Checkpoints set up to enforce quarantines
Police and Royal Bermuda Regiment soldiers have teamed up to enforce Covid-19 quarantine and isolation restrictions, it was announced yesterday.
Assistant Commissioner of Police Martin Weekes warned that the power to detain offenders “will be considered where appropriate”.
He said seven “community advisory points” would be set up at key locations across the island to stop and check drivers against “a list of those who have been issued restrictions by the health department”.
Mr Weekes added that anyone who appeared on the list “and have no valid reason for being on the road will be instructed to return to their residence and to follow the requirements that have been issued to them by the health department”.
He said: “Their names will be taken and communicated to the health department for further actions to be taken.”
Major Ben Beasley, the Commanding Officer of the RBR, said: “This is just one of the ways we are able to assist the civil authorities and provide valuable back-up to maintain resilience in the island’s response to this crisis — we’re happy to help.
“The regiment will maintain its high state of alert. We are adaptable and capable of a flexible response to this and any other tasks which we might be asked to carry out by the Ministry of National Security.”
Major Beasley added: “Being able to rely on this dedicated body of soldiers is only possible because of comprehensive training and maintenance of our ethos and esprit d’corps.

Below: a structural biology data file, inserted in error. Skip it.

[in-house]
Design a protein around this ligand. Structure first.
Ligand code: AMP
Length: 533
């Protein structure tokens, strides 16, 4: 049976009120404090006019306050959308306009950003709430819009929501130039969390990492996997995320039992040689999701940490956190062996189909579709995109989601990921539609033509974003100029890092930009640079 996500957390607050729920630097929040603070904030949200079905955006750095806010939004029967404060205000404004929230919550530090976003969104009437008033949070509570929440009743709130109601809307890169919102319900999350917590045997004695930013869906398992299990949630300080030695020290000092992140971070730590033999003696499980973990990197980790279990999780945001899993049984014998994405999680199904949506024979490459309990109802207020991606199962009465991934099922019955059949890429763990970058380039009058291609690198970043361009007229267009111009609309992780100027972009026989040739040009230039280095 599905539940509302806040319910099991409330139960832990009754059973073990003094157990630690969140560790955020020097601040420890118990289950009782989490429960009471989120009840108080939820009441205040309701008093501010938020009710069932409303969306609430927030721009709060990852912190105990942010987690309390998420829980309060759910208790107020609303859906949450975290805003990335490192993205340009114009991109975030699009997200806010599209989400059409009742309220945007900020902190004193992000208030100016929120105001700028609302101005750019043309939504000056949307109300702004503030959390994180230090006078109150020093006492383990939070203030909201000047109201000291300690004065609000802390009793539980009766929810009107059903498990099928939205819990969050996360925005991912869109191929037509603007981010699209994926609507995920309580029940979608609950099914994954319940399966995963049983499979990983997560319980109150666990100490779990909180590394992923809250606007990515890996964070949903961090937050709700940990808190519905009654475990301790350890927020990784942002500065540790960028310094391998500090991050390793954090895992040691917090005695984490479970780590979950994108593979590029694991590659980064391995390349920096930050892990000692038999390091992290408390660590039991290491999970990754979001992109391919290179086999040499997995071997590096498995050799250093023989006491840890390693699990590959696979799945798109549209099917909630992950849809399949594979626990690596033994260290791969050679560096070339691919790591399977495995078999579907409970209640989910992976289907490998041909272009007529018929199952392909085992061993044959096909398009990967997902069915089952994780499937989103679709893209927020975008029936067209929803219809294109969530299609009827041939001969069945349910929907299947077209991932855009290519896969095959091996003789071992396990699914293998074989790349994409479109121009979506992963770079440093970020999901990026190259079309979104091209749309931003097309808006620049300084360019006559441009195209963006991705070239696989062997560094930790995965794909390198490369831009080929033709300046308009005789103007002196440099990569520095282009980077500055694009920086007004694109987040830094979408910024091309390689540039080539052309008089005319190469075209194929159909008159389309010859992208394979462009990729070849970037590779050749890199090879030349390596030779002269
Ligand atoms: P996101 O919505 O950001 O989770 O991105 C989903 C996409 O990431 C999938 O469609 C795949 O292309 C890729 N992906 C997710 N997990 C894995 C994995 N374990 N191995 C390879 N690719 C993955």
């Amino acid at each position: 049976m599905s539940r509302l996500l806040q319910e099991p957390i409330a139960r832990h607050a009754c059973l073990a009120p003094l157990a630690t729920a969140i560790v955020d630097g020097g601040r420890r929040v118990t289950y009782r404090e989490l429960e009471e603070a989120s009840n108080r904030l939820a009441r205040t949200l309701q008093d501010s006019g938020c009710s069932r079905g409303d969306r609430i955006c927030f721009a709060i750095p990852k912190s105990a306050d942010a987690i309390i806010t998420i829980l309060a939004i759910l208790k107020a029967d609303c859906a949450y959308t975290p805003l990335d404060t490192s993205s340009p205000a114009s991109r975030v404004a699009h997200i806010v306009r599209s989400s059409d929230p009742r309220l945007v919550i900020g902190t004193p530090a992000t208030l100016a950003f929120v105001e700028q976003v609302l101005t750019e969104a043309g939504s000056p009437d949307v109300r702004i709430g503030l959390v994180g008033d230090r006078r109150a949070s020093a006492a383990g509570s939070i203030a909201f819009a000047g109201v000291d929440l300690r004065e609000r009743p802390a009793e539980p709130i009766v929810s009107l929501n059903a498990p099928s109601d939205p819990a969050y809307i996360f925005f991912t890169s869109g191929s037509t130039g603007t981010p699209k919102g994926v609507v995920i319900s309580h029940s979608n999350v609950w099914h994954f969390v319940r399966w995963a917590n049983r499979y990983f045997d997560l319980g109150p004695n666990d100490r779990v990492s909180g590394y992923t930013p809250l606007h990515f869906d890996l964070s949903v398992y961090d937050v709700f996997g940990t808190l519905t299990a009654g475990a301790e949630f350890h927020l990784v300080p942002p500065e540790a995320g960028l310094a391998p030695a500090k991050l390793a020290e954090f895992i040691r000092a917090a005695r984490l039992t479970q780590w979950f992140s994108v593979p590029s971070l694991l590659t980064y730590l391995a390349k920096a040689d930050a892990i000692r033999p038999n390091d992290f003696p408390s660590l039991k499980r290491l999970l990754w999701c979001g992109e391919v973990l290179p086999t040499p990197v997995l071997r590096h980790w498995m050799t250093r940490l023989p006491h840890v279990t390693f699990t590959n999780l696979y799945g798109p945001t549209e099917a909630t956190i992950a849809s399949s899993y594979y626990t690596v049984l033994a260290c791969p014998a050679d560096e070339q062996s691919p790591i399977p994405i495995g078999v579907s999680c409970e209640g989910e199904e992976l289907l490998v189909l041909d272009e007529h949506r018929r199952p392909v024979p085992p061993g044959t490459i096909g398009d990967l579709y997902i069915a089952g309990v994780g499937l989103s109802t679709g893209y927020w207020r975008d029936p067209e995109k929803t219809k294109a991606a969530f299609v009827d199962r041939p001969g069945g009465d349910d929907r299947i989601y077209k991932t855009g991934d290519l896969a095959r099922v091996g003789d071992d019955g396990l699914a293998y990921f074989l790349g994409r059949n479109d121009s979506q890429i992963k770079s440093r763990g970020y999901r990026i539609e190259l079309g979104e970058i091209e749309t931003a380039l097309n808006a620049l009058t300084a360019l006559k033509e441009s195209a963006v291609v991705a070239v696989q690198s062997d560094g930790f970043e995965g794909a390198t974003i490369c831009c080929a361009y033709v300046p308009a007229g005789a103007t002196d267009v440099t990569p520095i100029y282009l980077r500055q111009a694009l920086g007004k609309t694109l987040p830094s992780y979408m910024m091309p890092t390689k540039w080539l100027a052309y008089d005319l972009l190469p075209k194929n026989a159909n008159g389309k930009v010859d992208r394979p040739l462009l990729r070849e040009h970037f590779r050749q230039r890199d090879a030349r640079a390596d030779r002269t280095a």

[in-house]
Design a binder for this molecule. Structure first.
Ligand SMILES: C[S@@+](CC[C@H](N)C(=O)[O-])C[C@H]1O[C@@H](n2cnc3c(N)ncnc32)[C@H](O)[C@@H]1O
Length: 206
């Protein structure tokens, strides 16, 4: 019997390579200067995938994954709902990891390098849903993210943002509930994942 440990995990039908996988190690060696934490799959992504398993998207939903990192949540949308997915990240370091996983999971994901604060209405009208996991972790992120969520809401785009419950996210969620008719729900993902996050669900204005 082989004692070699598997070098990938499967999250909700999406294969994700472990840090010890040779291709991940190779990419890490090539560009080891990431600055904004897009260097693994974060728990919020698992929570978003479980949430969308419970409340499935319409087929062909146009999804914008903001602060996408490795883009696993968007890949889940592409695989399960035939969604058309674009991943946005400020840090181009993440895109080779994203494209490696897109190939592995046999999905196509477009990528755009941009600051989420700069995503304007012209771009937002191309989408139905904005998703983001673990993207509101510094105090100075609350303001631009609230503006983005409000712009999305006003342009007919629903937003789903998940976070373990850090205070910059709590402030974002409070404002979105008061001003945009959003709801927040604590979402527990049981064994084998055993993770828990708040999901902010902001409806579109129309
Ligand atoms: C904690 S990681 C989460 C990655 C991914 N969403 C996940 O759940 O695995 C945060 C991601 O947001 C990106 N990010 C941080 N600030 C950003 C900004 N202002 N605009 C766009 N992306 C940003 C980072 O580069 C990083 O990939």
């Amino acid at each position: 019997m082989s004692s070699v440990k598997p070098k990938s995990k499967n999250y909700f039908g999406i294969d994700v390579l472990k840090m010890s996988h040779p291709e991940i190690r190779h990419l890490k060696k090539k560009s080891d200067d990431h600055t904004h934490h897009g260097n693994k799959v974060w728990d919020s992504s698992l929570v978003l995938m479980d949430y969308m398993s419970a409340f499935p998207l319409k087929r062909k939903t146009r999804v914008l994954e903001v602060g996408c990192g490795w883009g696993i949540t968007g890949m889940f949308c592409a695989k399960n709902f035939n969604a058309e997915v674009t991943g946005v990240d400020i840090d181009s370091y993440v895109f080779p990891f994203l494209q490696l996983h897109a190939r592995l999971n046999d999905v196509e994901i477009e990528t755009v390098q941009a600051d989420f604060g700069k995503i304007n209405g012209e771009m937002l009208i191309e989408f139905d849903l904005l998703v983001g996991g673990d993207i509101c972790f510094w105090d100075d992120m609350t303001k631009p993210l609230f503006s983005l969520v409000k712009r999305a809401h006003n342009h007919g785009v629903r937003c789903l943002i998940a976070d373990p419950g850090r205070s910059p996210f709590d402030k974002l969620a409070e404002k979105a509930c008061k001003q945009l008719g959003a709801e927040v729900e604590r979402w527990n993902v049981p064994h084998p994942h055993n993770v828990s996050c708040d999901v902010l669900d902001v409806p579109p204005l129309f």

“That is the spirit of the military in action.”
The first joint checkpoints were in operation last night, including one at Crow Lane roundabout near Hamilton and another at Rural Hill, Paget.
Mr Weekes appealed for the public to stick to rules designed to minimise the spread of the virus and “avoid any unnecessary movement as we all work together to flatten the curve”.
Mr Weekes added: “To that end, the Bermuda Police Service will be working with their colleagues in the RBR on methods to enforce these regulations as we seek to suppress the transfer of the Covid-19 virus through the control of unnecessary social movement and influencing of social-distancing.
“This is also in keeping with the requirements of the Quarantine Act to mitigate the risk presented by individuals and groups.”
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Ada Nyabongo (1926-2020)
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